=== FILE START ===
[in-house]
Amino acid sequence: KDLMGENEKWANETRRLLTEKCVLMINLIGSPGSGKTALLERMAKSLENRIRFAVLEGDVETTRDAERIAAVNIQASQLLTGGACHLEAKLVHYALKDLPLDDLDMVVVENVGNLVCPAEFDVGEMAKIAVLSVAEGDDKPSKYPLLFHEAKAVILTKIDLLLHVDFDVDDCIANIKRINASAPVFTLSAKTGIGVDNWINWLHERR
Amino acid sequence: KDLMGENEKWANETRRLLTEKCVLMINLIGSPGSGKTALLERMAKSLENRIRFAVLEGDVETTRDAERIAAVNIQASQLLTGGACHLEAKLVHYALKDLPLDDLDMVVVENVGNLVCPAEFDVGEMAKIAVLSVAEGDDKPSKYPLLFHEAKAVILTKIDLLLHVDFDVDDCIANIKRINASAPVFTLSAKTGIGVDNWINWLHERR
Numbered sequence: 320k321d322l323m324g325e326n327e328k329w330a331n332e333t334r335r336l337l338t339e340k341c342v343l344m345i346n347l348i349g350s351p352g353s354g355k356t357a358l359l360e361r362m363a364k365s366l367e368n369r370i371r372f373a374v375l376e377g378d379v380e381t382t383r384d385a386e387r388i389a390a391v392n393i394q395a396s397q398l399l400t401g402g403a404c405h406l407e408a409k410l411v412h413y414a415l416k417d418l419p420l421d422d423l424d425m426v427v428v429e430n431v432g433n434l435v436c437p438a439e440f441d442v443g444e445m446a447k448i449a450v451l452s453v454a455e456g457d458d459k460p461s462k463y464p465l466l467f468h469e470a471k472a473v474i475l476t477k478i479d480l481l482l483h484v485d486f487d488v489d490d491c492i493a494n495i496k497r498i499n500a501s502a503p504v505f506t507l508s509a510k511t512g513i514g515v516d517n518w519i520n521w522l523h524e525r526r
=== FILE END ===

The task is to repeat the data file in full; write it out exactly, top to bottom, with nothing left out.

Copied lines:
[in-house]
Amino acid sequence: KDLMGENEKWANETRRLLTEKCVLMINLIGSPGSGKTALLERMAKSLENRIRFAVLEGDVETTRDAERIAAVNIQASQLLTGGACHLEAKLVHYALKDLPLDDLDMVVVENVGNLVCPAEFDVGEMAKIAVLSVAEGDDKPSKYPLLFHEAKAVILTKIDLLLHVDFDVDDCIANIKRINASAPVFTLSAKTGIGVDNWINWLHERR
Amino acid sequence: KDLMGENEKWANETRRLLTEKCVLMINLIGSPGSGKTALLERMAKSLENRIRFAVLEGDVETTRDAERIAAVNIQASQLLTGGACHLEAKLVHYALKDLPLDDLDMVVVENVGNLVCPAEFDVGEMAKIAVLSVAEGDDKPSKYPLLFHEAKAVILTKIDLLLHVDFDVDDCIANIKRINASAPVFTLSAKTGIGVDNWINWLHERR
Numbered sequence: 320k321d322l323m324g325e326n327e328k329w330a331n332e333t334r335r336l337l338t339e340k341c342v343l344m345i346n347l348i349g350s351p352g353s354g355k356t357a358l359l360e361r362m363a364k365s366l367e368n369r370i371r372f373a374v375l376e377g378d379v380e381t382t383r384d385a386e387r388i389a390a391v392n393i394q395a396s397q398l399l400t401g402g403a404c405h406l407e408a409k410l411v412h413y414a415l416k417d418l419p420l421d422d423l424d425m426v427v428v429e430n431v432g433n434l435v436c437p438a439e440f441d442v443g444e445m446a447k448i449a450v451l452s453v454a455e456g457d458d459k460p461s462k463y464p465l466l467f468h469e470a471k472a473v474i475l476t477k478i479d480l481l482l483h484v485d486f487d488v489d490d491c492i493a494n495i496k497r498i499n500a501s502a503p504v505f506t507l508s509a510k511t512g513i514g515v516d517n518w519i520n521w522l523h524e525r526r